|Publication number||US4762492 A|
|Application number||US 07/056,240|
|Publication date||Aug 9, 1988|
|Filing date||Jun 1, 1987|
|Priority date||Jul 18, 1986|
|Publication number||056240, 07056240, US 4762492 A, US 4762492A, US-A-4762492, US4762492 A, US4762492A|
|Original Assignee||Yamaura Seisakusho Ltd.|
|Export Citation||BiBTeX, EndNote, RefMan|
|Patent Citations (3), Referenced by (37), Classifications (9), Legal Events (5)|
|External Links: USPTO, USPTO Assignment, Espacenet|
This invention relates to an artificial tooth root member for use in implanting an artificial tooth root in a jawbone and mucous structure by the so called built up technique (doule implanting technique), and a method of implanting same.
The art of artificial tooth roots has a long history. Since as early as the 1930's, various attempts have been made for material development and improvement in configuration and implanting techniques. Various kinds of artificial tooth roots have hitherto been used including those made of metals (such titanium and Co - Cr alloy), alumina-ceramic, zirconia-ceramic, and sintered aphthite material. In configuration they are classified as screw type, hollow type, and blade type; and they have their respective merits and demerits. There are known two implanting methods, namely, single implanting method and double implanting method.
For the purpose of implanting an artificial tooth root in a jawbone and mucous structure and fixing it in position, it is today believed essential that if the artificial tooth root is to be long stabilized and kept in its implanted condition without being disturbed, there must be an early bonding between the artificial tooth root and the jawbone at their interface so that the osteobond is histologically fixed.
The condition for success in artificial tooth root implanting which has so far been made clear is that a good bond between the implanted portion of the artificial tooth root and the jawbone be achieved at an early point of time. Necessary factors for achievement of an osteobond include designing as to implanting procedure and configuration, and material selection. Most artificial tooth roots in use today relate to the single implant technique.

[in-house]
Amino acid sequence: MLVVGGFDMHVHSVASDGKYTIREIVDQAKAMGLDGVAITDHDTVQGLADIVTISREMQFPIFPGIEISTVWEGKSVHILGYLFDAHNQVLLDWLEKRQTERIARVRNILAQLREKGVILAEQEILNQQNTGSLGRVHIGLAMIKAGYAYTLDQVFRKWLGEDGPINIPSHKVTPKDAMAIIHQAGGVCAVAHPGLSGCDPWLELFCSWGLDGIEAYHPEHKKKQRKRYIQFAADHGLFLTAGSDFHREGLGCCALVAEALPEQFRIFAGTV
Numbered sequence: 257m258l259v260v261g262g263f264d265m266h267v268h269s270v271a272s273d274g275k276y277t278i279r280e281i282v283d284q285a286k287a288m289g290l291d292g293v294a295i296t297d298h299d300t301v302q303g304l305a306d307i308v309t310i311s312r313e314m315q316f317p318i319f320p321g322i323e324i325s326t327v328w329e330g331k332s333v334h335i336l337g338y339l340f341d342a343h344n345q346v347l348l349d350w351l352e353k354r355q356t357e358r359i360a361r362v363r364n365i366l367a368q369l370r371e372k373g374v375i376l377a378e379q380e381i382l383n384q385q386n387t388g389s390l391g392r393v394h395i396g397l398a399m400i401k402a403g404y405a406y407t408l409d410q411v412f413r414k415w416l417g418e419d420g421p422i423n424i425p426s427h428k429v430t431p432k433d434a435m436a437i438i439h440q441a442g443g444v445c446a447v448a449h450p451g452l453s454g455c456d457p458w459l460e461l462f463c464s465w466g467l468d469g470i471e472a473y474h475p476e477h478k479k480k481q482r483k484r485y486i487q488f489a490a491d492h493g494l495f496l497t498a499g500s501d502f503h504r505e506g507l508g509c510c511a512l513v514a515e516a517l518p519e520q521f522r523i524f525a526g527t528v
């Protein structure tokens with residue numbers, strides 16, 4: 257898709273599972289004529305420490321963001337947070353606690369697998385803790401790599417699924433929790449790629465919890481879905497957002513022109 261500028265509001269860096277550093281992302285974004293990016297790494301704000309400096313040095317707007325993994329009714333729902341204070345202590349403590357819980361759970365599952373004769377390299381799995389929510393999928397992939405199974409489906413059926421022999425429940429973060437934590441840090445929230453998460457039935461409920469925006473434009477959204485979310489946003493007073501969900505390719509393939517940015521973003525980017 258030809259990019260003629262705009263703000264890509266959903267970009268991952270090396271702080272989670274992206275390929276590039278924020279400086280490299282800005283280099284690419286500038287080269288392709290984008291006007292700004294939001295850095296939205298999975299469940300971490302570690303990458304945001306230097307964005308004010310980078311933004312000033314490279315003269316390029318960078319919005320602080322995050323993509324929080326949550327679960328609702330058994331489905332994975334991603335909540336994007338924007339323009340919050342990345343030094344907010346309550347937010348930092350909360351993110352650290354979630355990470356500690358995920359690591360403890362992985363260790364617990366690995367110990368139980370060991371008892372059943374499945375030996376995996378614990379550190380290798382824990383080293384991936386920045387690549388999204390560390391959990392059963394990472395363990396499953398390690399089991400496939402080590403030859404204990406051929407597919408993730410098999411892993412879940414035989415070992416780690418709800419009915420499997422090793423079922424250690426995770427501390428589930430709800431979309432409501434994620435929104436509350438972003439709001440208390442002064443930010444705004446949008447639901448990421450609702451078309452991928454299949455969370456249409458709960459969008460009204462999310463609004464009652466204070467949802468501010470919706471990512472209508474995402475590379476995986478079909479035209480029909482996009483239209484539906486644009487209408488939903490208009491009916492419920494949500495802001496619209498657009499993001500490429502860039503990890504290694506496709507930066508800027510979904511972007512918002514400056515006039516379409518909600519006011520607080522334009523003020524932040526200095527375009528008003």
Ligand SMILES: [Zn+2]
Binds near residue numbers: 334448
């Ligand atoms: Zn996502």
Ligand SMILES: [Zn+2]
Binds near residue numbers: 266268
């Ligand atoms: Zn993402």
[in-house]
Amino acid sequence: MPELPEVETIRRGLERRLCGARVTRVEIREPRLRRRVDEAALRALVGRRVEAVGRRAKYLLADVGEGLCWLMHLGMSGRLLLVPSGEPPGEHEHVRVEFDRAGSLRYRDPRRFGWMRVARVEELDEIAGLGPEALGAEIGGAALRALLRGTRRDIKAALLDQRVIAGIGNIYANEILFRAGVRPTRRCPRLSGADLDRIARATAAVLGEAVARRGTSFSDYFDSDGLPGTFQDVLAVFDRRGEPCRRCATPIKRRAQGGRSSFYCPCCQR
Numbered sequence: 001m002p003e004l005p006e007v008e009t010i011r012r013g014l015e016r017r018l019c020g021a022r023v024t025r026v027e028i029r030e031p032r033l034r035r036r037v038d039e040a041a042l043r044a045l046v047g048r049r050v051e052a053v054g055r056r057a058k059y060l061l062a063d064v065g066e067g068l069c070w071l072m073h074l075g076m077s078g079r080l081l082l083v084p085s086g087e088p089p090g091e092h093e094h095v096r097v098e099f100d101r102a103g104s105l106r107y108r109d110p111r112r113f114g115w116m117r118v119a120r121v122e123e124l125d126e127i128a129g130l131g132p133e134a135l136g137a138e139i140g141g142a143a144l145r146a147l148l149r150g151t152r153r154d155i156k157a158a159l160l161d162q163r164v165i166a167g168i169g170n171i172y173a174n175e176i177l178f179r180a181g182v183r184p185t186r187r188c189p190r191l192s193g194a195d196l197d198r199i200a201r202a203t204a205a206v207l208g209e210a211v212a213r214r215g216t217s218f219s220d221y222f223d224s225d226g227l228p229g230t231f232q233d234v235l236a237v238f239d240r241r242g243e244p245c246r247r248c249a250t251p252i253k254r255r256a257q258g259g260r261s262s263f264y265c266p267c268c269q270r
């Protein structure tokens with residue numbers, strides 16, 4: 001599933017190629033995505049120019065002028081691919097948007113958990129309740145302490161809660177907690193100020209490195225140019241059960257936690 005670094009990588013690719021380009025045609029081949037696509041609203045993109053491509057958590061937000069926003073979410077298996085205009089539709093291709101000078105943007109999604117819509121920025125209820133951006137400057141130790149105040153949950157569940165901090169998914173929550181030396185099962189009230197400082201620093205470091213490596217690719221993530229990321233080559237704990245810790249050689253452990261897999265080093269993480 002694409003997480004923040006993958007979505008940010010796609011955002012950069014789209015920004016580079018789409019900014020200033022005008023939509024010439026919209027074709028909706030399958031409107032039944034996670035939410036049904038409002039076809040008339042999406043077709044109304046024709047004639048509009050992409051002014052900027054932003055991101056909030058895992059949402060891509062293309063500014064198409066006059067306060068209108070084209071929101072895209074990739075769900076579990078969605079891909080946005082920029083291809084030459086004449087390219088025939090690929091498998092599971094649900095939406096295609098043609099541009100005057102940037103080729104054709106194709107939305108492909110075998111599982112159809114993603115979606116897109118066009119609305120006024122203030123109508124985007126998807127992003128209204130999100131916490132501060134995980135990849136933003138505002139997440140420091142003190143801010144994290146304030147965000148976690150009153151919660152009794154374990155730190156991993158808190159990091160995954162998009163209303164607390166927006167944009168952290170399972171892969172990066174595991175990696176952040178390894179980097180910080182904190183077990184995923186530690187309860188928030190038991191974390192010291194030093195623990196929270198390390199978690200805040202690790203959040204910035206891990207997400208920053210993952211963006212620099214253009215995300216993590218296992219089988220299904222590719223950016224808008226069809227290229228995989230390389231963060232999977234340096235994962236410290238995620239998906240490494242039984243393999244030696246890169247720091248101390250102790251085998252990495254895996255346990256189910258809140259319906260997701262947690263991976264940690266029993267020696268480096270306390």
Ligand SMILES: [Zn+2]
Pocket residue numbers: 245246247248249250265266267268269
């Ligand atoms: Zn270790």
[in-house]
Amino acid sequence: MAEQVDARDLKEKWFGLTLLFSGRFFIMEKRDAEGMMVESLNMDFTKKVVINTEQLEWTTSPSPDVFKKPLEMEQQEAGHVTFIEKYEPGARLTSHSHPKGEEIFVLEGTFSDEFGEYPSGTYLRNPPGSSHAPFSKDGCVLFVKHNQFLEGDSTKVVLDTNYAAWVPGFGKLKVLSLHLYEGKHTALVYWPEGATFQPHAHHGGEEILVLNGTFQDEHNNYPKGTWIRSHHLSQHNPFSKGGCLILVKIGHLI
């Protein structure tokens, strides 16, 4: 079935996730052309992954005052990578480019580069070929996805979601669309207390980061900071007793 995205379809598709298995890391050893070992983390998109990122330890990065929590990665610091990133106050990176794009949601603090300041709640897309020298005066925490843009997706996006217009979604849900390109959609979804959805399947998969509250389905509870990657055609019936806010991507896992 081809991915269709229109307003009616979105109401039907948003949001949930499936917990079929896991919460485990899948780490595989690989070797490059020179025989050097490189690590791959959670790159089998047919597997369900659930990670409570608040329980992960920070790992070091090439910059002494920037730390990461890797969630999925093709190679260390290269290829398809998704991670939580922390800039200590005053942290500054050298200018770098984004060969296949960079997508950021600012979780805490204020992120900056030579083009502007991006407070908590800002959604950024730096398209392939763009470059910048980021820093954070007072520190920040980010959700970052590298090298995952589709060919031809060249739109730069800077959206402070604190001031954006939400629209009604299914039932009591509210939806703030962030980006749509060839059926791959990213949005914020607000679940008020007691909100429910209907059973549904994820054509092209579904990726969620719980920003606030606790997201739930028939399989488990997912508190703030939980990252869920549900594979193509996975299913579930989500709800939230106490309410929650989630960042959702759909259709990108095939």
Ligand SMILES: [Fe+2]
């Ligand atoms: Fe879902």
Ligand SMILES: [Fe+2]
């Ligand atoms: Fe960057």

Artificial tooth roots of the screw type or the blade type, in which the pin neck portion is exposed in an oral cavity are used in conjunction with single implanting techniques in such a way that natural implantation is intended while the pin neck portion is kept in projection in the oral cavity to allow an osteobond. However, the difficulty is that occlusion with an opposite tooth is commenced before a sufficient bond is obtained between the implanted portion of the artificial root and the jawbone; therefore, some excessive pressure is exerted on the artificial tooth root during mastication, and inflammation is caused by lateral pressure due to tongue depression or by infection, it being thus impossible to obtain unstrained implantation, with the result of root shaking or falling off.
Another difficulty with such root implanted by single implant techniques is that just after extraction, the jawbone portion of the wound socket by which the root of a natural tooth root had been supported is a soft granulation tissue, and therefore that the artificial tooth root, if immediately planted in the socket, is easily disturbed and cannot be kept stable. Most artificial tooth roots known today are implanted after a post-tooth-extraction jawbone is well ossificated, but in this case the trouble is that since a jaw bank tends to shrink and absorb after teeth falling, it becomes gradually difficult to implant artificial tooth roots as ageing progresses. In this way, the single implanting technique involves many problems.
Therefore, if it is possible to employ a double implanting method such that a blade-type piece is first implanted in a jawbone and allowed to stand until an osteobond is completely formed between the blade type piece and the jawbone, and after completion of such bond a pin neck portion is implanted in the blade type piece, aforesaid problems can be solved. That is, in order to achieve good osteobond, it is desirable to employ a double implanting method wherein complete implantation is effected which provides freedom from disturbance.